The head of the wireless provider in one area in northeast Montana told the newspaper that without access to the inexpensive Huawei equipment, his company could not undertake the task of building a tower that would service a farm whose owner was unable to transmit a picture of a defective tractor part using Wi-Fi in order obtain a replacement due of a lack of bandwidth.
Efforts to improve wireless services in rural areas in the US had not been successful despite years of work, the NYT said, adding that this was an additional burden for farmers who feared they would have to keep paying inflated prices due to the tariffs imposed on China by the US.
The report said the Rural Wireless Association, a lobby group that represents 55 small carriers, had estimated that it would cost its members between US$800 million and US$1 billion to replace equipment from Huawei and ZTE, another Chinese company that makes networking equipment and is also banned in the US.
Asked about this during a press conference in Beijing on Monday, Chinese Foreign Ministry spokesperson Lu Kang said: "China and the US have long had friendly co-operation in various sectors, including agriculture. The US farmers and ranchers have been in a rough patch recently, to which their Chinese partners relate deeply to. However, people in this line of business in both countries know clearly that China is not to blame for the current situation.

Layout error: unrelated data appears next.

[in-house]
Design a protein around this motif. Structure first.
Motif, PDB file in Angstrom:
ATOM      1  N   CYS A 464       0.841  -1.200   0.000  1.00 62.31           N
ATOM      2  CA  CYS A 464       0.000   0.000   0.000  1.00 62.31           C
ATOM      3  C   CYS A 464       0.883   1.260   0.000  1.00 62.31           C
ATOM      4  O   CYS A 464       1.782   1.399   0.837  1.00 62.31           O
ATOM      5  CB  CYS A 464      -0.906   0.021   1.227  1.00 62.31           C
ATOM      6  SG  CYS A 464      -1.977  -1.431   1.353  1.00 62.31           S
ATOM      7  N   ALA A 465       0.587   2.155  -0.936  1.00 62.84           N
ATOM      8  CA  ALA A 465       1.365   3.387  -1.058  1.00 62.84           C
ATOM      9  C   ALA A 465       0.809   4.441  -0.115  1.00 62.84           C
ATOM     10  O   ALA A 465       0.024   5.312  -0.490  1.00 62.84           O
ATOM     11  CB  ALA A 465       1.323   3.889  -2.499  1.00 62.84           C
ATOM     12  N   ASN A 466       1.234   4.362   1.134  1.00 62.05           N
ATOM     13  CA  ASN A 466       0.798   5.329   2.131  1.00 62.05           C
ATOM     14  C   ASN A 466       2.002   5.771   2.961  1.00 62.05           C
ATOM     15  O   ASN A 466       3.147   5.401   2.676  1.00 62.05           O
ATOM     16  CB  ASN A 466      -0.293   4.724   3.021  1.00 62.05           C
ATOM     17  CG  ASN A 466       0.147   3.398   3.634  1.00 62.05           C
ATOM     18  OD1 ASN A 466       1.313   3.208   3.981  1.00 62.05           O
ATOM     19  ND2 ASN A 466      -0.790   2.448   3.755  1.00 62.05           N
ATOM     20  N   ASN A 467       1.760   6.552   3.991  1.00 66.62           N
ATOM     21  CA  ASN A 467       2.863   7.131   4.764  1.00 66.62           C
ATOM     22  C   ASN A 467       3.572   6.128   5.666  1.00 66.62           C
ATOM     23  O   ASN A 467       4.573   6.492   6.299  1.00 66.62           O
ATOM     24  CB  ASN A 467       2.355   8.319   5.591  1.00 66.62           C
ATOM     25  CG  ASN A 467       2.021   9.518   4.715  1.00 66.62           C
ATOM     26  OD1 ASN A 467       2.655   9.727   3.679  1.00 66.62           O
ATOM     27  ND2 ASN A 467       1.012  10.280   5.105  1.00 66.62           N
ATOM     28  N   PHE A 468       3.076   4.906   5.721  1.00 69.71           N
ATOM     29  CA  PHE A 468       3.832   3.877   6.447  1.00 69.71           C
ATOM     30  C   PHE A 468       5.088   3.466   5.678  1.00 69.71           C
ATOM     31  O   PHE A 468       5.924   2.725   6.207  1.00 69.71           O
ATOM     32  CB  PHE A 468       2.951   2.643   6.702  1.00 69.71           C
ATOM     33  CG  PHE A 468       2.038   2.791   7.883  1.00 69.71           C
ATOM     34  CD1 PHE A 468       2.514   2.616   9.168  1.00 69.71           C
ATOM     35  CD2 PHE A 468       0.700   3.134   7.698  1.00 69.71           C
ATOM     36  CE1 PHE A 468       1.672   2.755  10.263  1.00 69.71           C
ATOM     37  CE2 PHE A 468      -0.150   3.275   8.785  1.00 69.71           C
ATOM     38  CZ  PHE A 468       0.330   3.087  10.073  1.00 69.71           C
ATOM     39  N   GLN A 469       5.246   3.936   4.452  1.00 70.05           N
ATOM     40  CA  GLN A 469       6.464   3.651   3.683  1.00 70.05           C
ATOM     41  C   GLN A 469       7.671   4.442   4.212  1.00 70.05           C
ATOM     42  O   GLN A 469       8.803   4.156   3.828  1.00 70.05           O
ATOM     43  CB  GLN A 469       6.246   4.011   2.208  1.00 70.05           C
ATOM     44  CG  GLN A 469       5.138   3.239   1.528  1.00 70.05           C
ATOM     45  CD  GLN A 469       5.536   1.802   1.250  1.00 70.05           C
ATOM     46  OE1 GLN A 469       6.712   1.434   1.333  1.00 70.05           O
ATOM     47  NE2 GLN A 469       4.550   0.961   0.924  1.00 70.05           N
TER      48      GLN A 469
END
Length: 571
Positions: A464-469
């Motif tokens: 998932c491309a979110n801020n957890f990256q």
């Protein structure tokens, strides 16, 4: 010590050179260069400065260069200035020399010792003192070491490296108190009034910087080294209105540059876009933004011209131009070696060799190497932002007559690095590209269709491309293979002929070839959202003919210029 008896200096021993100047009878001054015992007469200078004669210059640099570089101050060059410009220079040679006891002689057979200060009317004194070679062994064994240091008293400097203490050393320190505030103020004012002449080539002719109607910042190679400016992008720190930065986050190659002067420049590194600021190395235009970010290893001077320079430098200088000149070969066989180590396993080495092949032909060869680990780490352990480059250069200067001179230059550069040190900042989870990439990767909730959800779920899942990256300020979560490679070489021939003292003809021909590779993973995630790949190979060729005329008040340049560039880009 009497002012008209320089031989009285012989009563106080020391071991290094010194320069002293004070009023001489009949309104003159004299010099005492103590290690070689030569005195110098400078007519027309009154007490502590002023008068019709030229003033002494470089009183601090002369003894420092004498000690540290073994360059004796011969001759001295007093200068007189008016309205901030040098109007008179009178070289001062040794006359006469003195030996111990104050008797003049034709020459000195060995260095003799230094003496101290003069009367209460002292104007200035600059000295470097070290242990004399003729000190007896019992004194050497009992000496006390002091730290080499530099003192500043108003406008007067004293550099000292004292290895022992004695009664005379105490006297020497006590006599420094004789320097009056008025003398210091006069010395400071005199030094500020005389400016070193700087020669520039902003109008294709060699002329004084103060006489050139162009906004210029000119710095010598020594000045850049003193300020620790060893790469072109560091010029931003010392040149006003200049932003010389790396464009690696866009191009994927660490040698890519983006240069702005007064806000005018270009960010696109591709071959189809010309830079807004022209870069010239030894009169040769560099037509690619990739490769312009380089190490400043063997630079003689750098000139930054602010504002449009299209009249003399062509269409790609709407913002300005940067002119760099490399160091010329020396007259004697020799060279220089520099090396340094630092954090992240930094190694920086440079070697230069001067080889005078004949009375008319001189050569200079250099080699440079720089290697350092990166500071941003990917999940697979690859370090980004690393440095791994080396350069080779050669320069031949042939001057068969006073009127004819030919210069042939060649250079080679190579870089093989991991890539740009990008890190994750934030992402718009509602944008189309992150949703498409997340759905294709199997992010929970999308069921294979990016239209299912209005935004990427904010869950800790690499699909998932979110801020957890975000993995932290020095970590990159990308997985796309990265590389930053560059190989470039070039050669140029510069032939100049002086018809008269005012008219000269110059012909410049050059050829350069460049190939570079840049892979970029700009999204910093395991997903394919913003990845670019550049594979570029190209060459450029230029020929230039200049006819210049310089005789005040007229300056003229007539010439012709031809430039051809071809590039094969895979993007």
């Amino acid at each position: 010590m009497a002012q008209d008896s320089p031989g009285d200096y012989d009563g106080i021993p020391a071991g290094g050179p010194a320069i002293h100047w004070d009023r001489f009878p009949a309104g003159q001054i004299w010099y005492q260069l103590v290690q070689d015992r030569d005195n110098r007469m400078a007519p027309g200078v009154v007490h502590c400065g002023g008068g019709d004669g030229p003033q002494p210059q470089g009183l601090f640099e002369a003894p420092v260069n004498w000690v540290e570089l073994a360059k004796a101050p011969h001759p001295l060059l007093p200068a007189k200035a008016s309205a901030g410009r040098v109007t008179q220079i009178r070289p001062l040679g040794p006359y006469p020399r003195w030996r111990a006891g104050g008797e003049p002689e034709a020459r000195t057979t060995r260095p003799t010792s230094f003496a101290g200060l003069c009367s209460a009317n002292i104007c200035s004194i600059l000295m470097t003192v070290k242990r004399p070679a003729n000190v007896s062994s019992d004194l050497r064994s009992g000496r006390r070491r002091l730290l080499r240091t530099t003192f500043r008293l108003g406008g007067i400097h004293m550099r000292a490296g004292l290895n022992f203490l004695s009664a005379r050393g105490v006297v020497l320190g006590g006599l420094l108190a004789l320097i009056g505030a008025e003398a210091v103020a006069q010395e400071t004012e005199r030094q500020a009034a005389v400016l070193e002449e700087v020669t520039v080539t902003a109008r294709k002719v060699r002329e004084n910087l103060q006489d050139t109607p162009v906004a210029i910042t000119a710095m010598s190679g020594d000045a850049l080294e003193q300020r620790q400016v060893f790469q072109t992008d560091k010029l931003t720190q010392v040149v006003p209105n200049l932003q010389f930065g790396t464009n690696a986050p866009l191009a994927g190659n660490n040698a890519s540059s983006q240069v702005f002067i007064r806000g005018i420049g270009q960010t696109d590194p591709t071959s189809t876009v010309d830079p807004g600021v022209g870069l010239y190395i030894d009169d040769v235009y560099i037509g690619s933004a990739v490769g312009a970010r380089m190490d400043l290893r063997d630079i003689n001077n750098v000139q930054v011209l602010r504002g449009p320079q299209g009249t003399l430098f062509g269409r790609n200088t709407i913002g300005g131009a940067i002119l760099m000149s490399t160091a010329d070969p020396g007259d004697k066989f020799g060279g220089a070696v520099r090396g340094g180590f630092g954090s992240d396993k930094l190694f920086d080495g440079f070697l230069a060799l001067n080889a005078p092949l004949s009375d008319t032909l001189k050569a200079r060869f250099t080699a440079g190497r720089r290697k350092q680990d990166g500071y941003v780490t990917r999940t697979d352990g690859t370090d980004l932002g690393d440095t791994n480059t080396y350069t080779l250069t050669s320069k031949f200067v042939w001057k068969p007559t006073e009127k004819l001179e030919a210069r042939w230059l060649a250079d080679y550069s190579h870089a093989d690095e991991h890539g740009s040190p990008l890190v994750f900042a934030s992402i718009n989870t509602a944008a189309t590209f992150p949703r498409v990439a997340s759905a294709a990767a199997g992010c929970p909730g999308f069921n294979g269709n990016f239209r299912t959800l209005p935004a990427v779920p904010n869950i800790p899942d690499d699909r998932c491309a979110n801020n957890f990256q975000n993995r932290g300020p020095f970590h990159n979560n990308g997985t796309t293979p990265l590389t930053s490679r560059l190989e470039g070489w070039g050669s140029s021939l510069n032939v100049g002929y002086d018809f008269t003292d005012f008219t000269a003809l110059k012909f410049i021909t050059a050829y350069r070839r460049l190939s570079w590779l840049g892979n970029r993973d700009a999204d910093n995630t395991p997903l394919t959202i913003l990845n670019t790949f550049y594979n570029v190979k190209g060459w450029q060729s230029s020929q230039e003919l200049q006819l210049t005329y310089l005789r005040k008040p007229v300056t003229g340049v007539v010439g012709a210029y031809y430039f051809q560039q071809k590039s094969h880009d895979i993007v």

"The New York Times article... reveals once again that the US Government, by pressuring to the maximum and stoking chaos, has inflicted serious harm on domestic industries and consumers. Some in the US Government are sparing no effort to suppress Huawei without producing even a shred of evidence to convince people at home or abroad.
"At the same time, their actions have had a real impact on American people, including those in various industries as well as consumers. Therefore it is only natural that they have been met with doubts and opposition at home."